I requested a copy of this book in exchange for review from NetGalley. I'm glad I did - I wish the author could continue this book as a series, covering the rest of the English monarchy up to the present day.

    11 out of 12 people found this review helpful.

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  • Anonymous

    Posted March 19, 2014

    Best Tudor Biography

    Best Tudor biography I've read and not only because it is very objective and fair to all tudors, layoung out on all of her subjects, their achievements, trials, and dark aspects of their character and in some cases in their government, *but* also including the lesser known and talked about Tudors, including Owen Tudor's descendants from his illegitimate son David ap Owen who likely was Henry Tudor (VII) playmate before he became Herbert's ward; one of his descendants was Katherine Grey's jailor when she was moved to her last residence and Burghley's informer. I encourage everyone not just to read her book and be over with it; also read her Appendixes which were very helpful and the best informative I've come across with in history books (the others are found in The Woodvilles by Susan Higginbotham. Another great biography). Other books I recommend to read after this is The Woodvilles as already mentioned, Anne Neville/ On Bed with the Tudors/ and Elizabeth of York by Amy Licence, Blood Sisters by Sarah Gristwood, Sisters who would be Queen by Leanda de Lisle as well. Elizabeth I the struggle for the throne by Starkey, Mary Tudor by Edwards, Mary Tudor: England's First Catholic Queen by Edwards, Mary Tudor by anna Whitelock, The Creation of Anne Boleyn by Susan Bordo, The Myth of bloody Mary by Linda Porter and also by Linda Porter Catherine Parr, Sister Queens: The Noble and Tragic Lives of Katherine of Aragon and Juana of Castile by Julia Fox. Six Wives of Henry VIII by Antonia Fraser. The Tudors: A Short Introduction by John Guy. The Armada by Garett Mattingly, Jane Seymour by Elizabeth Norton and Margaret Beaufort by Elizabeth Norton as well. And The Plantagenets by Fan Jones and The Life of Elizabeth I and Sic Wives of Henry VIII by Alison Weir. Thistle and the Rose by Hester W. Chapman and Tudor Age by Jasper Ridley and Henry VIII and his Court by Alison Weir.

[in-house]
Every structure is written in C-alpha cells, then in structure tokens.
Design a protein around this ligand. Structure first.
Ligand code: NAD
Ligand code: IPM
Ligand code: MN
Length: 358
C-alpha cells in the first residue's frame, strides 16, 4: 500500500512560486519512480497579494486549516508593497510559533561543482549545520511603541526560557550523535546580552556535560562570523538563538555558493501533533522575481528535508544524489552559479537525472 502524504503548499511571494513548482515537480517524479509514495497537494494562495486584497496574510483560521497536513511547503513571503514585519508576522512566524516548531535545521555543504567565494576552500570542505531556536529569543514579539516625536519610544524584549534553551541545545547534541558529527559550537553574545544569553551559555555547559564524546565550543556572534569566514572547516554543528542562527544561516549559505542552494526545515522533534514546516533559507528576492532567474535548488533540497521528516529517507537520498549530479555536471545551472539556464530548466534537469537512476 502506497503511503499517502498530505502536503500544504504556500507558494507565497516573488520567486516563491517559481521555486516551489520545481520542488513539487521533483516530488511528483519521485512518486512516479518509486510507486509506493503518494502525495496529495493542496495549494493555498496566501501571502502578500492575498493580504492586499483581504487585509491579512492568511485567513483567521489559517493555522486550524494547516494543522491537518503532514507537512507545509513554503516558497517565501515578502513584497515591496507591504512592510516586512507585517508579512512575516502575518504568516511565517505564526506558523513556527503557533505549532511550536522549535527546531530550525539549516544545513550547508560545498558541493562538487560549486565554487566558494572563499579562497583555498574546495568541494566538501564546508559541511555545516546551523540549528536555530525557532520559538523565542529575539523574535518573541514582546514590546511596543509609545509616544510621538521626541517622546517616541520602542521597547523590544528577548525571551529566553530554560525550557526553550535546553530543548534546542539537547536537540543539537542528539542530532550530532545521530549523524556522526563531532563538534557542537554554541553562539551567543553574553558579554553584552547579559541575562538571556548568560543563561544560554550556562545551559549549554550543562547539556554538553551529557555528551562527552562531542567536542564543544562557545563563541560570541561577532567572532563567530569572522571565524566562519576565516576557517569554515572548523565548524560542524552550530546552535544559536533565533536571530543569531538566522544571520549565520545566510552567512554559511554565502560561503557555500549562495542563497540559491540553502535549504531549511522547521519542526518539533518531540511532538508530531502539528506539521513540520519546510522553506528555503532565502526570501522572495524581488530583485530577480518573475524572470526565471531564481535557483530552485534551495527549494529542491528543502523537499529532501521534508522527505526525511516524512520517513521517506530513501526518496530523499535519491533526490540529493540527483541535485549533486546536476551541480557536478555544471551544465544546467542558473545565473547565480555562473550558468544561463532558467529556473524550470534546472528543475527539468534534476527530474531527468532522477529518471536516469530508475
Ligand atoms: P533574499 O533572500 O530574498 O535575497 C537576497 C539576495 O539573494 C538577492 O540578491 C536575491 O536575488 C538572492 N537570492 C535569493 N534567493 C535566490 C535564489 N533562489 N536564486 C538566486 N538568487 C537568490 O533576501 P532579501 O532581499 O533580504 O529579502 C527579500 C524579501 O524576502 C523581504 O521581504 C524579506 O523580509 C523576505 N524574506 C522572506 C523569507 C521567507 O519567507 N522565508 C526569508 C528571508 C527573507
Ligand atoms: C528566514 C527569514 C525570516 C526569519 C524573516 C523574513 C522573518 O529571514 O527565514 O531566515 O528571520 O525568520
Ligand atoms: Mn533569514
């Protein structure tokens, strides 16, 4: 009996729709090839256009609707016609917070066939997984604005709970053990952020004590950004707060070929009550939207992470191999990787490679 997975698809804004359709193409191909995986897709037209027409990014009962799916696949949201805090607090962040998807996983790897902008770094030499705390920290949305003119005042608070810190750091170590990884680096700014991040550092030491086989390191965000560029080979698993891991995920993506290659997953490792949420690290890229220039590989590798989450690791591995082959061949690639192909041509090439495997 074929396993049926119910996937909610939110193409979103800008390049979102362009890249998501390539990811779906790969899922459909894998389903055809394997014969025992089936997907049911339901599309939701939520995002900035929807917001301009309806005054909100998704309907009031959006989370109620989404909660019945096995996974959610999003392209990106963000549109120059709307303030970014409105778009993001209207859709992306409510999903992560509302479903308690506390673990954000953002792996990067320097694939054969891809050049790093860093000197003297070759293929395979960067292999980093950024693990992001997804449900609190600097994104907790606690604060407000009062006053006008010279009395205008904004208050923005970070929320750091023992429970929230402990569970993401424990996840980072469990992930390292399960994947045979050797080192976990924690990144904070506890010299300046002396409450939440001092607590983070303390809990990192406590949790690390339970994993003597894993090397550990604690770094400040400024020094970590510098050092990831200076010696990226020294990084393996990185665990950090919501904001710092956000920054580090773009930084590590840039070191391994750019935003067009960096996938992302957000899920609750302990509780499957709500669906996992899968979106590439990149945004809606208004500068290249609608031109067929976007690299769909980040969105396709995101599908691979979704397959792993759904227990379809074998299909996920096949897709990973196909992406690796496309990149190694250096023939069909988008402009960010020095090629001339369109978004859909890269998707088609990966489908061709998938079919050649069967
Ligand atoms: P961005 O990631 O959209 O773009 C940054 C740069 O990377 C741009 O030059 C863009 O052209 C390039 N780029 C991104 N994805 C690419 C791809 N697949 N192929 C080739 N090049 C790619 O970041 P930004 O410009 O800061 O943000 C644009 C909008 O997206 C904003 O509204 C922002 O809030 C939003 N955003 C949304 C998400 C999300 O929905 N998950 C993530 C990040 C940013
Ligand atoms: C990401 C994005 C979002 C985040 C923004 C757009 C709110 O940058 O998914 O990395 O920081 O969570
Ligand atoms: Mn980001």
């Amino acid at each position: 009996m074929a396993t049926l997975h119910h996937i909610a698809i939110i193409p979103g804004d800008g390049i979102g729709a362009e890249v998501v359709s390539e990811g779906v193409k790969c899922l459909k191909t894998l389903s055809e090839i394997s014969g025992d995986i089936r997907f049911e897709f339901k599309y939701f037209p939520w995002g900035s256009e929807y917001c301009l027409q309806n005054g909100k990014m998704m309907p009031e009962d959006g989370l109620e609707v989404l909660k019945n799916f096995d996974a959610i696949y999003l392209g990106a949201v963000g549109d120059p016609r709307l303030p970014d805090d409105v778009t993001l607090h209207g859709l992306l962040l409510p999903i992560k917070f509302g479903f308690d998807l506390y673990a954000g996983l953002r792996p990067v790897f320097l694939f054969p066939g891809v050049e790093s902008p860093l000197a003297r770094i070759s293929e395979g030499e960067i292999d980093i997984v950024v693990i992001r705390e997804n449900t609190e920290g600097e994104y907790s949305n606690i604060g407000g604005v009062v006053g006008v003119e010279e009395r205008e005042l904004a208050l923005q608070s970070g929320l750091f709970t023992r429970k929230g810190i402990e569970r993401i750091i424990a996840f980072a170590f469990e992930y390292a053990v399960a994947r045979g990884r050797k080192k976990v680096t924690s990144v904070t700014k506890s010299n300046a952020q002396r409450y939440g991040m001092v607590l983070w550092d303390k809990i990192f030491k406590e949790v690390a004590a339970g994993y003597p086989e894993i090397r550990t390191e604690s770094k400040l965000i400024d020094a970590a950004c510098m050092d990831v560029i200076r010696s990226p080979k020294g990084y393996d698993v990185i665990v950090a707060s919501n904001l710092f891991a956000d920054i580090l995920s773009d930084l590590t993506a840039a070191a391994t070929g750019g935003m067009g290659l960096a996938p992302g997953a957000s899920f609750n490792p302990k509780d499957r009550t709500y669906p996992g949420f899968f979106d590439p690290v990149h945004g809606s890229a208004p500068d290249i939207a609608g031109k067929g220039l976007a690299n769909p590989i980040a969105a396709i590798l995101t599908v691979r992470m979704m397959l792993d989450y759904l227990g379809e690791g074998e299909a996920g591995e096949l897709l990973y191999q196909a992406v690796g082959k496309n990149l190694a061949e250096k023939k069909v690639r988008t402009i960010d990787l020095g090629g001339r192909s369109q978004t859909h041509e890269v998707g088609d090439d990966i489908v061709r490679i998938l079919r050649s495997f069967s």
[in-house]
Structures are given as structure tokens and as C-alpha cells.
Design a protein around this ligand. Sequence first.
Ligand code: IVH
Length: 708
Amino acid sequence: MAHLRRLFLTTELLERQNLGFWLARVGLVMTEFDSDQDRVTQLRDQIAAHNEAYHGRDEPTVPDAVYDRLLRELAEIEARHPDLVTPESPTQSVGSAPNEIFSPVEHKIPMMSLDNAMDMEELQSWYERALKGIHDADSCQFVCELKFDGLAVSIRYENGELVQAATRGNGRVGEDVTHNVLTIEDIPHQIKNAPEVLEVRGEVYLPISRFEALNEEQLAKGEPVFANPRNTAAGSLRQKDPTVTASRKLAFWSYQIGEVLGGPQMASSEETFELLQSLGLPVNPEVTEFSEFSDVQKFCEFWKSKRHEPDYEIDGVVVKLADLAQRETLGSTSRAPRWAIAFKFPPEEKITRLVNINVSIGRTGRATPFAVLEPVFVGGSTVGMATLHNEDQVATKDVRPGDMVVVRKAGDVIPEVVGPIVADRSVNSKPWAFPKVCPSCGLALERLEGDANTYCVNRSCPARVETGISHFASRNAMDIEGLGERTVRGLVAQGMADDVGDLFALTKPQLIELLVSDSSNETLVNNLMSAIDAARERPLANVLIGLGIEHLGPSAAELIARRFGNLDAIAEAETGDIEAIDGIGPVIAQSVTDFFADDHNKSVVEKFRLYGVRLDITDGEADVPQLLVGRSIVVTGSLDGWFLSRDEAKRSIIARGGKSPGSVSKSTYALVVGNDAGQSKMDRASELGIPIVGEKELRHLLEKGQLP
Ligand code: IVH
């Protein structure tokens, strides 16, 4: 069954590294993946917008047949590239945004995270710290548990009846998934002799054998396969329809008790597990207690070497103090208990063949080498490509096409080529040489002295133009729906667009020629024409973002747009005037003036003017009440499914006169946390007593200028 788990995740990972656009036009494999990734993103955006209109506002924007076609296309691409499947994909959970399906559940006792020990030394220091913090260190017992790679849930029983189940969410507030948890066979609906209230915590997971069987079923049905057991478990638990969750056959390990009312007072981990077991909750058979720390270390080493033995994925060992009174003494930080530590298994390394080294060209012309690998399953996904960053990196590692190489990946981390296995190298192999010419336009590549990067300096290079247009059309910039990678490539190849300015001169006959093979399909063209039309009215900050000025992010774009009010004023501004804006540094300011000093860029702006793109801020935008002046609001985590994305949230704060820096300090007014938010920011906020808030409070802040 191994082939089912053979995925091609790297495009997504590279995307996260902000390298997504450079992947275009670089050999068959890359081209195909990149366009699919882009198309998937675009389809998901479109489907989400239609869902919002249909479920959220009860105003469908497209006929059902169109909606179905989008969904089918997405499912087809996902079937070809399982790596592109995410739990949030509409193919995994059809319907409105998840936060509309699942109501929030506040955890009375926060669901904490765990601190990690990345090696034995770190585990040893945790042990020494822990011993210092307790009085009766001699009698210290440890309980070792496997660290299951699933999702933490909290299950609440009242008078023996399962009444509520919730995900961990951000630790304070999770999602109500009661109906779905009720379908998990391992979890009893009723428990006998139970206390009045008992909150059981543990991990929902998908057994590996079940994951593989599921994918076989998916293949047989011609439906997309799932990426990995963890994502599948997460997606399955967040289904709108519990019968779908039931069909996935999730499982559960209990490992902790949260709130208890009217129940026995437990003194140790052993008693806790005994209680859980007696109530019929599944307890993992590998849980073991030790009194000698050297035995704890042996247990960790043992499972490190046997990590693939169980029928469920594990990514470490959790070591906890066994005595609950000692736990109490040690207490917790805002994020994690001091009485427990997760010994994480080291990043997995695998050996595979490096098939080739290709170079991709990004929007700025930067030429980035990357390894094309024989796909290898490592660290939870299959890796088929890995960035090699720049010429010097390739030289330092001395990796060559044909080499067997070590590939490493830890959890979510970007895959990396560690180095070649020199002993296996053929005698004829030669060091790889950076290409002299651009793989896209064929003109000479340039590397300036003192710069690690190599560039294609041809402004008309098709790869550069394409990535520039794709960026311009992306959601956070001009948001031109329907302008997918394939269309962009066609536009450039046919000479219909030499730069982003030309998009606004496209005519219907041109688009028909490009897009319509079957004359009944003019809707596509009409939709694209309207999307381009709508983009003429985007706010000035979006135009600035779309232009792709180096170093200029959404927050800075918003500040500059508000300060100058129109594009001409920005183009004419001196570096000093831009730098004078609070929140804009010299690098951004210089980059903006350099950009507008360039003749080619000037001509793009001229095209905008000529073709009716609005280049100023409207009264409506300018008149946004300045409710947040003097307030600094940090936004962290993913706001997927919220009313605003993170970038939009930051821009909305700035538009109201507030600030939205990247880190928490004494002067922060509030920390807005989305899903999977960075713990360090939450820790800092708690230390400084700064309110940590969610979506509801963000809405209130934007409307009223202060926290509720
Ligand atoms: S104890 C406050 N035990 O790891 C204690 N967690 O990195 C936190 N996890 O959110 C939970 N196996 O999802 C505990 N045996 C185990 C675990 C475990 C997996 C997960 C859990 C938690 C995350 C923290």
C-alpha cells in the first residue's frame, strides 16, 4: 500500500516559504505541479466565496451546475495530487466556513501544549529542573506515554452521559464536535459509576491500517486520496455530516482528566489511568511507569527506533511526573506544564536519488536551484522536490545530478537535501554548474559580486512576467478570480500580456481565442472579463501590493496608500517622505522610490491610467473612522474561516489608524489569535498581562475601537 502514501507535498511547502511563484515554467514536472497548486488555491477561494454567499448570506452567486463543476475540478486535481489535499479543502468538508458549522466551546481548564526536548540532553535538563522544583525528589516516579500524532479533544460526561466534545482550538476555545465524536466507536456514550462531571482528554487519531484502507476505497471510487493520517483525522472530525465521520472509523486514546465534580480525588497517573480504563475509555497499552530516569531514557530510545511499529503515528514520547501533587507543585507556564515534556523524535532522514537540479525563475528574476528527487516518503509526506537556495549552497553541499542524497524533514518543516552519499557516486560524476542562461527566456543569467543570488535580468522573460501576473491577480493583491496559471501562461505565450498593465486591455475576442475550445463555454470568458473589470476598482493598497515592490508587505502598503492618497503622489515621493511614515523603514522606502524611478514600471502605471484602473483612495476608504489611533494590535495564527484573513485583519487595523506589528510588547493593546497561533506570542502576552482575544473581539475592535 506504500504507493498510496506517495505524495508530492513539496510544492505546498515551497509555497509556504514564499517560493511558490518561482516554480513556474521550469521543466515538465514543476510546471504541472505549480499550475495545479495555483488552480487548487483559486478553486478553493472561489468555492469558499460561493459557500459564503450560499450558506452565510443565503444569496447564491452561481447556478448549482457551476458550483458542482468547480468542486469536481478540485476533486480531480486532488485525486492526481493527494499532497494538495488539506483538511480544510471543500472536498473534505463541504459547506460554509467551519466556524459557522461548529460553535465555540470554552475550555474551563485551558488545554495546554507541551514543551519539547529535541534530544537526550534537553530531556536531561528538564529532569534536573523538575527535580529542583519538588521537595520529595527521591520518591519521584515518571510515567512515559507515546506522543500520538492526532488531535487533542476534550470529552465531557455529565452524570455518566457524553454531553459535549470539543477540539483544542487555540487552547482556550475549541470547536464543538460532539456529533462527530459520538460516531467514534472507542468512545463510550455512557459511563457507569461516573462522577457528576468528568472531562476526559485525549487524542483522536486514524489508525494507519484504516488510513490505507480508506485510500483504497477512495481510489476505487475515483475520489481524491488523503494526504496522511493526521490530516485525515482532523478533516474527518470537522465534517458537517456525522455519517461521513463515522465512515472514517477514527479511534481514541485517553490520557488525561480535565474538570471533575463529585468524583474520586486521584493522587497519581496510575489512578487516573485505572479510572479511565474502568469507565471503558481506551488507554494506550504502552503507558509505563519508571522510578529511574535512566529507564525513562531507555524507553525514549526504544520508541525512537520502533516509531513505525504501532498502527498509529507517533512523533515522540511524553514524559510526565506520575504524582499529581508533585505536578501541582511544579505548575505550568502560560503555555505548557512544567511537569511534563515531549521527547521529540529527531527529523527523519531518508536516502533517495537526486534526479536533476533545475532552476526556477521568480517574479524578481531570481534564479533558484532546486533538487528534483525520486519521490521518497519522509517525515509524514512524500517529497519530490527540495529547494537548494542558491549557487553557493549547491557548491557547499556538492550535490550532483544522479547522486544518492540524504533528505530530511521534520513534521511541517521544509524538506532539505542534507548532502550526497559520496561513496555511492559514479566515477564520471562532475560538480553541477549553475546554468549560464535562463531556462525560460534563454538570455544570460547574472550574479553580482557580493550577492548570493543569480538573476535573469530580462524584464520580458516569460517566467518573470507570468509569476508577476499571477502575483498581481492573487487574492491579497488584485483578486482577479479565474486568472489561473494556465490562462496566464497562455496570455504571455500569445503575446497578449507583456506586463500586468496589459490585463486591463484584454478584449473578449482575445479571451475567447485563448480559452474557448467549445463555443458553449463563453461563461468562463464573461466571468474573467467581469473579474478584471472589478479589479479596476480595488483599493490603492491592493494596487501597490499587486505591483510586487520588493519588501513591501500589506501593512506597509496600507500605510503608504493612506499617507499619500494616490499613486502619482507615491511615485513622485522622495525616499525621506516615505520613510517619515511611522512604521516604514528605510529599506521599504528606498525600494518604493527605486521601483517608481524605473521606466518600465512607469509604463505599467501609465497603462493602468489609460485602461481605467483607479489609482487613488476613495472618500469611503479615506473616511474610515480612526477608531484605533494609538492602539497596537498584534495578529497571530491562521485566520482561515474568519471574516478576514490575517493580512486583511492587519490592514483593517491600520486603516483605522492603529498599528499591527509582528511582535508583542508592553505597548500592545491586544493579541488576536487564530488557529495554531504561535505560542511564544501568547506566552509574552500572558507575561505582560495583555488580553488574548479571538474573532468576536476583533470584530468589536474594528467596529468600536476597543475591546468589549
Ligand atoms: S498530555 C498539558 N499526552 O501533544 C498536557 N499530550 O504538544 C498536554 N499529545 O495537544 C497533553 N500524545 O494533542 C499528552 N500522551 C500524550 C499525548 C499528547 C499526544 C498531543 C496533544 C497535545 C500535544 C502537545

1 out of 2 people found this review helpful.